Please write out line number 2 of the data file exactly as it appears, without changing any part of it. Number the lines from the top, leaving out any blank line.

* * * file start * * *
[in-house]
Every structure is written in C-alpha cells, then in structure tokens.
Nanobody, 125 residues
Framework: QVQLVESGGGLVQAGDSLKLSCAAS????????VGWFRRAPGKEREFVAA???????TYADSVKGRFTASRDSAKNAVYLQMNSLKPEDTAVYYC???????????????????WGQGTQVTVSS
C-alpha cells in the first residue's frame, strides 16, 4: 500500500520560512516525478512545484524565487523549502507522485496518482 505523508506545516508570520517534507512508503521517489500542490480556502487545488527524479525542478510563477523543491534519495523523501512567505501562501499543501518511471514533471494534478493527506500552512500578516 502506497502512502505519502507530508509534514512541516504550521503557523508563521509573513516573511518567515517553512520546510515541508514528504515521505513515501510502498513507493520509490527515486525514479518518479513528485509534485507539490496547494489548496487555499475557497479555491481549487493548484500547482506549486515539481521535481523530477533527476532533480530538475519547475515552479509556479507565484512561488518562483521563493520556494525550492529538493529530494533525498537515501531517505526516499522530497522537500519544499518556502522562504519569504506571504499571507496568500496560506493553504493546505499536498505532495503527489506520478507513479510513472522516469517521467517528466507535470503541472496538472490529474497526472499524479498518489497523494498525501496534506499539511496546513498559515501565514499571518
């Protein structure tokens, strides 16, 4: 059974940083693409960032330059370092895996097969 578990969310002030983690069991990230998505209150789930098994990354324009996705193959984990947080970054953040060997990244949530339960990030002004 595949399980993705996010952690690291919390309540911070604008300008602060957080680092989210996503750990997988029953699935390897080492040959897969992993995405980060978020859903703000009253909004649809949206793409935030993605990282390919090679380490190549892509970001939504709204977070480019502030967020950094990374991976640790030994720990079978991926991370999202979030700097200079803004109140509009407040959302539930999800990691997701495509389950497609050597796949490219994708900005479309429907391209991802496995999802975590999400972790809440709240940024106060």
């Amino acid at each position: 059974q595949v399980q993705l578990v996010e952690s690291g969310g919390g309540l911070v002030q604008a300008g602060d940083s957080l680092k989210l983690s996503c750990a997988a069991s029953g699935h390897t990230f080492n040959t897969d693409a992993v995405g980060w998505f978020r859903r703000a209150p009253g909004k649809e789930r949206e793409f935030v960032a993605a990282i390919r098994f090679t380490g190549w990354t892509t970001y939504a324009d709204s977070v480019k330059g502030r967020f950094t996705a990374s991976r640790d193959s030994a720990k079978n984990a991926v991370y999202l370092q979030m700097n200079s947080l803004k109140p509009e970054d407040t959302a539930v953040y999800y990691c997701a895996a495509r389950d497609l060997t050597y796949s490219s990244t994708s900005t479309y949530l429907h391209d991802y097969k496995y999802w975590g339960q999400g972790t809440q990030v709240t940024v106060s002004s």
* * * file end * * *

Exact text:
Every structure is written in C-alpha cells, then in structure tokens.